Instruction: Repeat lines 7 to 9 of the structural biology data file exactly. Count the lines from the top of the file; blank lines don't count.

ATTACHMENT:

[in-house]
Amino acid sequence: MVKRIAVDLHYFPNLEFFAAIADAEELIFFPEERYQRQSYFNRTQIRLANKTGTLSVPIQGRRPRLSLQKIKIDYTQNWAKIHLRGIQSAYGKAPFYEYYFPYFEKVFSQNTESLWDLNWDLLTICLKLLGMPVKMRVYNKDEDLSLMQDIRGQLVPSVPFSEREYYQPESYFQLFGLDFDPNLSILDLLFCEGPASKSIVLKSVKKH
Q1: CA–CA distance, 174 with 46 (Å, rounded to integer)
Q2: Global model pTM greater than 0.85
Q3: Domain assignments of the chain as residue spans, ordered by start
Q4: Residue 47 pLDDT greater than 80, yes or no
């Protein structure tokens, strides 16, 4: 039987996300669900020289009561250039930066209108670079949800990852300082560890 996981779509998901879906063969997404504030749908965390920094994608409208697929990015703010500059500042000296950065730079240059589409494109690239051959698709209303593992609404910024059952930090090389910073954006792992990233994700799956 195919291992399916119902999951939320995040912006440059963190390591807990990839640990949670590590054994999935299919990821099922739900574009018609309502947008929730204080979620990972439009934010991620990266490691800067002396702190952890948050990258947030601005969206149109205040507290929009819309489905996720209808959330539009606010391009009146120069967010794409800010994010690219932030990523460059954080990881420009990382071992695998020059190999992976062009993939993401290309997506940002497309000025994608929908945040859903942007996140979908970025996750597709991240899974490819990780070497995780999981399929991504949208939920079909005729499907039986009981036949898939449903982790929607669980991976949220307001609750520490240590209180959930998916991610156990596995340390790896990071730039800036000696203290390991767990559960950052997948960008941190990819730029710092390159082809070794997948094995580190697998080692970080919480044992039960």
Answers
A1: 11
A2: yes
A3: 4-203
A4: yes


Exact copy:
């Protein structure tokens, strides 16, 4: 039987996300669900020289009561250039930066209108670079949800990852300082560890 996981779509998901879906063969997404504030749908965390920094994608409208697929990015703010500059500042000296950065730079240059589409494109690239051959698709209303593992609404910024059952930090090389910073954006792992990233994700799956 195919291992399916119902999951939320995040912006440059963190390591807990990839640990949670590590054994999935299919990821099922739900574009018609309502947008929730204080979620990972439009934010991620990266490691800067002396702190952890948050990258947030601005969206149109205040507290929009819309489905996720209808959330539009606010391009009146120069967010794409800010994010690219932030990523460059954080990881420009990382071992695998020059190999992976062009993939993401290309997506940002497309000025994608929908945040859903942007996140979908970025996750597709991240899974490819990780070497995780999981399929991504949208939920079909005729499907039986009981036949898939449903982790929607669980991976949220307001609750520490240590209180959930998916991610156990596995340390790896990071730039800036000696203290390991767990559960950052997948960008941190990819730029710092390159082809070794997948094995580190697998080692970080919480044992039960």
Answers
A1: 11